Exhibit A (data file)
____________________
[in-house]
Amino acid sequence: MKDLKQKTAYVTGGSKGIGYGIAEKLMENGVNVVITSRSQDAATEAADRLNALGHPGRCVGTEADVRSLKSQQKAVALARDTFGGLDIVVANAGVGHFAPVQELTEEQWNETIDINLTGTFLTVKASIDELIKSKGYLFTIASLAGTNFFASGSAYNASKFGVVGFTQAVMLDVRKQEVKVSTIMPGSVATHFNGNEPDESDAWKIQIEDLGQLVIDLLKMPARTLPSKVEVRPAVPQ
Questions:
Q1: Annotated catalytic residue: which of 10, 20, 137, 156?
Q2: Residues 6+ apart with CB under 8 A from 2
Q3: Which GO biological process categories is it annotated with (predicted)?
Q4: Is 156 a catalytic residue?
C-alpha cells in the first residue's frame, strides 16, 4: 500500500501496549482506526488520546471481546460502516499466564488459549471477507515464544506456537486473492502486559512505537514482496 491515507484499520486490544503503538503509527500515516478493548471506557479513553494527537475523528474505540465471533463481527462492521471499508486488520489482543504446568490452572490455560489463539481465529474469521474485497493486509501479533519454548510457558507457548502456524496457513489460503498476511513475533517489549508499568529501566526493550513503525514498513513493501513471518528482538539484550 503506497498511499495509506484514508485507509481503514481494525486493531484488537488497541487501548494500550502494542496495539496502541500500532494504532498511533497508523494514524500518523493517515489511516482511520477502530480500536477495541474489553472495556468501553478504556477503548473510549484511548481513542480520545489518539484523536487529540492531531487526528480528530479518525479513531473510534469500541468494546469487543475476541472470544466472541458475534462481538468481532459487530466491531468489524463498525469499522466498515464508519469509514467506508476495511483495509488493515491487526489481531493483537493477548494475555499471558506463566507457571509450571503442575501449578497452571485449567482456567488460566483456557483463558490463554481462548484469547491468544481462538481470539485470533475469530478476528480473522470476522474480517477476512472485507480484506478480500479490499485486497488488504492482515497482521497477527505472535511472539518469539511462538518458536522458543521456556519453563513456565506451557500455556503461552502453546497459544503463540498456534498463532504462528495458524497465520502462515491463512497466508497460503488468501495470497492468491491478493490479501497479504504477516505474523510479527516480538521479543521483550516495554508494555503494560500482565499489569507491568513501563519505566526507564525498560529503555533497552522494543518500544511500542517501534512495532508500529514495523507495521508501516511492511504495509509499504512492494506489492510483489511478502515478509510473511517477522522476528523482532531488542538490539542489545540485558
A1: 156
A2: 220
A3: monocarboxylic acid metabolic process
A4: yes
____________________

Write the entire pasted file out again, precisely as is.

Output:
[in-house]
Amino acid sequence: MKDLKQKTAYVTGGSKGIGYGIAEKLMENGVNVVITSRSQDAATEAADRLNALGHPGRCVGTEADVRSLKSQQKAVALARDTFGGLDIVVANAGVGHFAPVQELTEEQWNETIDINLTGTFLTVKASIDELIKSKGYLFTIASLAGTNFFASGSAYNASKFGVVGFTQAVMLDVRKQEVKVSTIMPGSVATHFNGNEPDESDAWKIQIEDLGQLVIDLLKMPARTLPSKVEVRPAVPQ
Questions:
Q1: Annotated catalytic residue: which of 10, 20, 137, 156?
Q2: Residues 6+ apart with CB under 8 A from 2
Q3: Which GO biological process categories is it annotated with (predicted)?
Q4: Is 156 a catalytic residue?
C-alpha cells in the first residue's frame, strides 16, 4: 500500500501496549482506526488520546471481546460502516499466564488459549471477507515464544506456537486473492502486559512505537514482496 491515507484499520486490544503503538503509527500515516478493548471506557479513553494527537475523528474505540465471533463481527462492521471499508486488520489482543504446568490452572490455560489463539481465529474469521474485497493486509501479533519454548510457558507457548502456524496457513489460503498476511513475533517489549508499568529501566526493550513503525514498513513493501513471518528482538539484550 503506497498511499495509506484514508485507509481503514481494525486493531484488537488497541487501548494500550502494542496495539496502541500500532494504532498511533497508523494514524500518523493517515489511516482511520477502530480500536477495541474489553472495556468501553478504556477503548473510549484511548481513542480520545489518539484523536487529540492531531487526528480528530479518525479513531473510534469500541468494546469487543475476541472470544466472541458475534462481538468481532459487530466491531468489524463498525469499522466498515464508519469509514467506508476495511483495509488493515491487526489481531493483537493477548494475555499471558506463566507457571509450571503442575501449578497452571485449567482456567488460566483456557483463558490463554481462548484469547491468544481462538481470539485470533475469530478476528480473522470476522474480517477476512472485507480484506478480500479490499485486497488488504492482515497482521497477527505472535511472539518469539511462538518458536522458543521456556519453563513456565506451557500455556503461552502453546497459544503463540498456534498463532504462528495458524497465520502462515491463512497466508497460503488468501495470497492468491491478493490479501497479504504477516505474523510479527516480538521479543521483550516495554508494555503494560500482565499489569507491568513501563519505566526507564525498560529503555533497552522494543518500544511500542517501534512495532508500529514495523507495521508501516511492511504495509509499504512492494506489492510483489511478502515478509510473511517477522522476528523482532531488542538490539542489545540485558
A1: 156
A2: 220
A3: monocarboxylic acid metabolic process
A4: yes